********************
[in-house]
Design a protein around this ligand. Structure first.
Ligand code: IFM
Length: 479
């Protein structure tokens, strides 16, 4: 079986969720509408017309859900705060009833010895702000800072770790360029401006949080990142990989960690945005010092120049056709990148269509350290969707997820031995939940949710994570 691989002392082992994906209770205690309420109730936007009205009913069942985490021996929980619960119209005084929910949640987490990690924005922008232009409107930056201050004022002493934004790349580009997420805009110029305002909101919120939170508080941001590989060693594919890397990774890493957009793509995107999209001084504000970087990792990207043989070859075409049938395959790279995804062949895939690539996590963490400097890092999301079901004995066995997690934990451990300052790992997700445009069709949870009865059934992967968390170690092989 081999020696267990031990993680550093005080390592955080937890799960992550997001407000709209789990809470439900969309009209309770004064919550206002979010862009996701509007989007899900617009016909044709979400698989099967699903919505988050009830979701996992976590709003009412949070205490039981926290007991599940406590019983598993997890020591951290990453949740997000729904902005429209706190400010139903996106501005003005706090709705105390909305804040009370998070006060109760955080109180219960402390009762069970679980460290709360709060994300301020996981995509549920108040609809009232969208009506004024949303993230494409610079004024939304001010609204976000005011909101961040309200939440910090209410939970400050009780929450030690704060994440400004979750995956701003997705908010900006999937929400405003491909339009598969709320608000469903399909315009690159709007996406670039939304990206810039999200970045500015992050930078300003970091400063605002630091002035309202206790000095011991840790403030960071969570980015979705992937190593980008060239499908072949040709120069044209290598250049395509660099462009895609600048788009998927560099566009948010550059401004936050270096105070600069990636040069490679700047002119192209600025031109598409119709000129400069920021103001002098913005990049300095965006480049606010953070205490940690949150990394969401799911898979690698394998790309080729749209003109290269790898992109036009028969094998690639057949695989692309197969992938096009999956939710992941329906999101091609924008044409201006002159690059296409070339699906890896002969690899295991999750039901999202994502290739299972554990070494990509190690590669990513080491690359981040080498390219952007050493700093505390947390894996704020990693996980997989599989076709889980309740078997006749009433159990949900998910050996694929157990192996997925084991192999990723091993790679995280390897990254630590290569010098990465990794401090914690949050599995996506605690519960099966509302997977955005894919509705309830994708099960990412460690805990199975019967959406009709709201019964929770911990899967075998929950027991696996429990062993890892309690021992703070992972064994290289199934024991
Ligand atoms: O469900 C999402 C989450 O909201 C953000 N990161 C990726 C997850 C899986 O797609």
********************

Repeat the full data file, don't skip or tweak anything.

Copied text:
[in-house]
Design a protein around this ligand. Structure first.
Ligand code: IFM
Length: 479
């Protein structure tokens, strides 16, 4: 079986969720509408017309859900705060009833010895702000800072770790360029401006949080990142990989960690945005010092120049056709990148269509350290969707997820031995939940949710994570 691989002392082992994906209770205690309420109730936007009205009913069942985490021996929980619960119209005084929910949640987490990690924005922008232009409107930056201050004022002493934004790349580009997420805009110029305002909101919120939170508080941001590989060693594919890397990774890493957009793509995107999209001084504000970087990792990207043989070859075409049938395959790279995804062949895939690539996590963490400097890092999301079901004995066995997690934990451990300052790992997700445009069709949870009865059934992967968390170690092989 081999020696267990031990993680550093005080390592955080937890799960992550997001407000709209789990809470439900969309009209309770004064919550206002979010862009996701509007989007899900617009016909044709979400698989099967699903919505988050009830979701996992976590709003009412949070205490039981926290007991599940406590019983598993997890020591951290990453949740997000729904902005429209706190400010139903996106501005003005706090709705105390909305804040009370998070006060109760955080109180219960402390009762069970679980460290709360709060994300301020996981995509549920108040609809009232969208009506004024949303993230494409610079004024939304001010609204976000005011909101961040309200939440910090209410939970400050009780929450030690704060994440400004979750995956701003997705908010900006999937929400405003491909339009598969709320608000469903399909315009690159709007996406670039939304990206810039999200970045500015992050930078300003970091400063605002630091002035309202206790000095011991840790403030960071969570980015979705992937190593980008060239499908072949040709120069044209290598250049395509660099462009895609600048788009998927560099566009948010550059401004936050270096105070600069990636040069490679700047002119192209600025031109598409119709000129400069920021103001002098913005990049300095965006480049606010953070205490940690949150990394969401799911898979690698394998790309080729749209003109290269790898992109036009028969094998690639057949695989692309197969992938096009999956939710992941329906999101091609924008044409201006002159690059296409070339699906890896002969690899295991999750039901999202994502290739299972554990070494990509190690590669990513080491690359981040080498390219952007050493700093505390947390894996704020990693996980997989599989076709889980309740078997006749009433159990949900998910050996694929157990192996997925084991192999990723091993790679995280390897990254630590290569010098990465990794401090914690949050599995996506605690519960099966509302997977955005894919509705309830994708099960990412460690805990199975019967959406009709709201019964929770911990899967075998929950027991696996429990062993890892309690021992703070992972064994290289199934024991
Ligand atoms: O469900 C999402 C989450 O909201 C953000 N990161 C990726 C997850 C899986 O797609």